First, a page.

I wouldn't have spent this special day with unary sequence 11h1111s at 11/11/11 without a terrible pun, mentioning it as the anniversary of Attila, since it's "an invasion of the Huns" ("huns" for "ones", uttered with an awful accent); even made a Facebook page for that: Attila Fest. Not proud :) Yet this dull (not in the Ramanujan sense) sequence reminded me of two nice formula for the golden ratio (aka $\phi$, or the divine proportion): one rational, one radical. So it seems $\phi$ could be tamed (or approched) quite easily. Indeed, it is one of the simplest non-rational numbers, as a root of a basic equation of degree 2. Thus, far from being transcendental. Surprisingly, $\phi$ bears some kind of transcendence (in the religious sense) as it is, somehow, beyond the grasp of the human mind, meaning it cannot be approched easily in a "rational" way, i.e. worse that any other number, as stated in a theorem by Adolf Hurwitz (1856-1919). In the following formula, there exist infinitely many $m$ and $n$ for any irrational $\xi$, and the constant $\sqrt(5)$ cannot be improved, due to $\phi$.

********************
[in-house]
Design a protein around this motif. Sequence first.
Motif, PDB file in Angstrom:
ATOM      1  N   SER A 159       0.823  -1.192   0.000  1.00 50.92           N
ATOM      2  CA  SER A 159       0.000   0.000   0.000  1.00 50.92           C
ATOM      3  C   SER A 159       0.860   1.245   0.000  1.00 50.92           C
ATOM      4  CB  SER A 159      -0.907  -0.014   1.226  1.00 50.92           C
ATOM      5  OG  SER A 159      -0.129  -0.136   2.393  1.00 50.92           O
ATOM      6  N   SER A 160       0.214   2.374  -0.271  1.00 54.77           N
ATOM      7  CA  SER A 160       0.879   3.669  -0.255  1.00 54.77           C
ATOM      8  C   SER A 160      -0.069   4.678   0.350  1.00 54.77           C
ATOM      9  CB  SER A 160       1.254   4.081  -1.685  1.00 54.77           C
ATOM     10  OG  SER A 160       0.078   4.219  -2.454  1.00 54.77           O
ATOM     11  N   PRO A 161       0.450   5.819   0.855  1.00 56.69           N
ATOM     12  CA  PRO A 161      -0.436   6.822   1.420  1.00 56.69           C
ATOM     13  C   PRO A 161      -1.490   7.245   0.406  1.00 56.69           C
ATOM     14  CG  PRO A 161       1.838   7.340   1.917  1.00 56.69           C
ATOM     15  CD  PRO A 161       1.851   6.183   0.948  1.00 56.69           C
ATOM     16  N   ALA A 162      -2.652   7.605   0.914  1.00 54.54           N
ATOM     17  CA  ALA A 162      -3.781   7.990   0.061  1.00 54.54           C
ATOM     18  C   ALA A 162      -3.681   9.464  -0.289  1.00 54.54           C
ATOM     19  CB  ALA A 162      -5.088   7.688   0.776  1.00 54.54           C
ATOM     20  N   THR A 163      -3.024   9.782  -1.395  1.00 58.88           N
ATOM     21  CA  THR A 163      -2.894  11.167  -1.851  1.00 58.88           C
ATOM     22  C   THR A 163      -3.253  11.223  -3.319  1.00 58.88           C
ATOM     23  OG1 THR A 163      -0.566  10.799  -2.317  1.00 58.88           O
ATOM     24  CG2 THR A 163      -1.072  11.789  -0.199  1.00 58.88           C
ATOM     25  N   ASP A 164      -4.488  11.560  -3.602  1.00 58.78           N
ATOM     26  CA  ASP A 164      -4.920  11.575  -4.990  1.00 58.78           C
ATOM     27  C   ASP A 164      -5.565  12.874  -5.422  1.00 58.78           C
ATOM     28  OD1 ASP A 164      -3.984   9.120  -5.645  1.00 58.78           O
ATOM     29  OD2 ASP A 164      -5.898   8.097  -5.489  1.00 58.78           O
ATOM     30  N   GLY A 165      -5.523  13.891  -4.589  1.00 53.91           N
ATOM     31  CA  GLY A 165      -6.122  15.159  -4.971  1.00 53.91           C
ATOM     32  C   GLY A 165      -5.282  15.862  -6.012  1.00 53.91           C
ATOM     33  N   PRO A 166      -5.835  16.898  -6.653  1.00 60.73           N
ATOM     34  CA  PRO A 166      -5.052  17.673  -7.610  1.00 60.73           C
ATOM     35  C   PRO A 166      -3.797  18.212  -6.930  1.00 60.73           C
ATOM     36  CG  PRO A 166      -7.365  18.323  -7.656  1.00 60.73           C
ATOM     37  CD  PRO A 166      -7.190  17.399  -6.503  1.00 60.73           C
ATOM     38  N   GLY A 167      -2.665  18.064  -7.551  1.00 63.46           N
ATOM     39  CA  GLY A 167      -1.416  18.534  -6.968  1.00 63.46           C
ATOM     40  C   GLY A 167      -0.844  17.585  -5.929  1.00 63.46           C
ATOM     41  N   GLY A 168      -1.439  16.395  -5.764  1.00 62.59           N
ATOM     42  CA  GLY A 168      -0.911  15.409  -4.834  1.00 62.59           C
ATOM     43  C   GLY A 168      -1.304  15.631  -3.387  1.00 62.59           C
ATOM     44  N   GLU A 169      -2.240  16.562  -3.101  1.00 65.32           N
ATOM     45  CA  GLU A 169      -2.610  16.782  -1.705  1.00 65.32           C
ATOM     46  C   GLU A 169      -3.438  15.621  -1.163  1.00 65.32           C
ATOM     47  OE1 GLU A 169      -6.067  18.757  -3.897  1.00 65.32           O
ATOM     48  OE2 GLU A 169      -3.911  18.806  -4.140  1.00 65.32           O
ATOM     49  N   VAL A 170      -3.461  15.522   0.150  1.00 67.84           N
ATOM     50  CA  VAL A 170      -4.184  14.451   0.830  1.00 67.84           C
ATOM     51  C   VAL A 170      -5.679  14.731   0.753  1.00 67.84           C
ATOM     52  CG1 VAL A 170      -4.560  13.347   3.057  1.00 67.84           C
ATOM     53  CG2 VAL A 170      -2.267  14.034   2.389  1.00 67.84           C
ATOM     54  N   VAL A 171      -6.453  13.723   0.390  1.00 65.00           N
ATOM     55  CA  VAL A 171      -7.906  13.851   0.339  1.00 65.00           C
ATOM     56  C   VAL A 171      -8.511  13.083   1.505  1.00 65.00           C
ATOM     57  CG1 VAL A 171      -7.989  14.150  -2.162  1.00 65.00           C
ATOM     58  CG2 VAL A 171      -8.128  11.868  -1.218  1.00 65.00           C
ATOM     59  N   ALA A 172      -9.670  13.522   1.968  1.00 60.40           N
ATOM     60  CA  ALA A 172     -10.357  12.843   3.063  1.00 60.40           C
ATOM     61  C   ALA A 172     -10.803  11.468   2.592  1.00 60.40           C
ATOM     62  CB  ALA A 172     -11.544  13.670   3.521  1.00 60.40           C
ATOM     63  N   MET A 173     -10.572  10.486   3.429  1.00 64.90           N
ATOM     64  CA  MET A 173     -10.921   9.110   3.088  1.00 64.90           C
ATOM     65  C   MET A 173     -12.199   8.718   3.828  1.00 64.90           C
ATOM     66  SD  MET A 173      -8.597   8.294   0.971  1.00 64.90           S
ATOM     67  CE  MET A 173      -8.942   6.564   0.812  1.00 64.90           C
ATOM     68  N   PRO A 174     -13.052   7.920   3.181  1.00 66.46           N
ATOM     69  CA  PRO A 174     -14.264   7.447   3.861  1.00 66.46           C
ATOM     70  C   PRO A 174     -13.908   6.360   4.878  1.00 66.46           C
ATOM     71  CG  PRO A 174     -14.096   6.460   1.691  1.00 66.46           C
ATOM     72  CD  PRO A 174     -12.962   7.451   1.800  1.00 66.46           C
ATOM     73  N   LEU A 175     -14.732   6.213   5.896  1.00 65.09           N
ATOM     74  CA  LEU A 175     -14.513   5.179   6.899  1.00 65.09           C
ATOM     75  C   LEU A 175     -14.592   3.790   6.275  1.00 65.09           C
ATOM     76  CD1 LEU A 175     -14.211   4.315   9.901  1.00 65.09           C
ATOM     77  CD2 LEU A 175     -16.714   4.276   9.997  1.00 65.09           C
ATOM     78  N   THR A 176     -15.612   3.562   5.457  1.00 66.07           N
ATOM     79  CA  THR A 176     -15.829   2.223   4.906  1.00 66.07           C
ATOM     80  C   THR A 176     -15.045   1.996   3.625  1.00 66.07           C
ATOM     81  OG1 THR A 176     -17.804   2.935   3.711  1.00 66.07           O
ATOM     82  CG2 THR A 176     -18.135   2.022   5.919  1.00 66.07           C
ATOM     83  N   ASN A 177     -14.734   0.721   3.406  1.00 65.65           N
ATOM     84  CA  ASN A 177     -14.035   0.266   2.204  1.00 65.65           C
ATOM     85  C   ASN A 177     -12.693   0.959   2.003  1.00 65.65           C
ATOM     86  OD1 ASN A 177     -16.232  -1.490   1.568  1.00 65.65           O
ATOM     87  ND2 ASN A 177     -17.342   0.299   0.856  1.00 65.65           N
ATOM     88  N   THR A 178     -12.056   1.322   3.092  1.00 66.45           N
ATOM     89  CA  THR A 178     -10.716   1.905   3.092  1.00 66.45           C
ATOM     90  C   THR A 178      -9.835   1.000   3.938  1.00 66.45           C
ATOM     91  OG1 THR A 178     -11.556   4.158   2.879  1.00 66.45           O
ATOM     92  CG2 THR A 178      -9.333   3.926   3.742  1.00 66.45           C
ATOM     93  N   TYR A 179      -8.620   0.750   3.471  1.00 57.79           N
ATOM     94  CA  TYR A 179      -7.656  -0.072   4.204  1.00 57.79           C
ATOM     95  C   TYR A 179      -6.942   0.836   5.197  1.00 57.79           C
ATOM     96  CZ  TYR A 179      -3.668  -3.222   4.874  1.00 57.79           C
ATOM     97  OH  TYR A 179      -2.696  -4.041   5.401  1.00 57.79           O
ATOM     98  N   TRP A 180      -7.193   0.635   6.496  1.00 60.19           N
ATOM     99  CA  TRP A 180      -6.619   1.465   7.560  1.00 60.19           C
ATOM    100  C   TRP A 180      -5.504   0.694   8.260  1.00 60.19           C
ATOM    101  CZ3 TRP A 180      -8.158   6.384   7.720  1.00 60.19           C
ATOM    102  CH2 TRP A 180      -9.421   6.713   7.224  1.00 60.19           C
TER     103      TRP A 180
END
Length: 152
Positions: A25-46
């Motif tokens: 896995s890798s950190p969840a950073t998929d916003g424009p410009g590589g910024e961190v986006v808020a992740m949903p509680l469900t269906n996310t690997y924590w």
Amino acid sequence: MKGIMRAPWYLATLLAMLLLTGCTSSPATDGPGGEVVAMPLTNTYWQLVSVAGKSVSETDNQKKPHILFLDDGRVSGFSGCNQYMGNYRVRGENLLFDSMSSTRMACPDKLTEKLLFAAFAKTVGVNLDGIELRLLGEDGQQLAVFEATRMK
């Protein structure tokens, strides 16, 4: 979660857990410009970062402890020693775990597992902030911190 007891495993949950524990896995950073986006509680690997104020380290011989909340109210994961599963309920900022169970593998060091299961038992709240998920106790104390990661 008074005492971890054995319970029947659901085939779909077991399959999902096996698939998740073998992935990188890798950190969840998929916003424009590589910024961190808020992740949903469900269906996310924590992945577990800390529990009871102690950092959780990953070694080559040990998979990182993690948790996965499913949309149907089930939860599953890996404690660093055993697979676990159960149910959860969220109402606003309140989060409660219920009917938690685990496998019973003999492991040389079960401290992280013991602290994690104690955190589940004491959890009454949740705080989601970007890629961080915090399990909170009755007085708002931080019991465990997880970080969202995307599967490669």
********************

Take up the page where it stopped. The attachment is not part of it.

The radical formula for $\phi$ above is the key: with divisions by ones, denominators increase very very slow. Contrary to common knowledge (in Age of Empires) that Huns are faster. Thus being, in think i'd better go back to a paper on applications of unary filters, instead of making dull puns.

The radical formula for $\phi$ above is the key: with divisions by ones, denominators increase very very slow. Contrary to common knowledge (in Age of Empires) that Huns are faster. Thus being, in think i'd better go back to a paper on applications of unary filters, instead of making dull puns.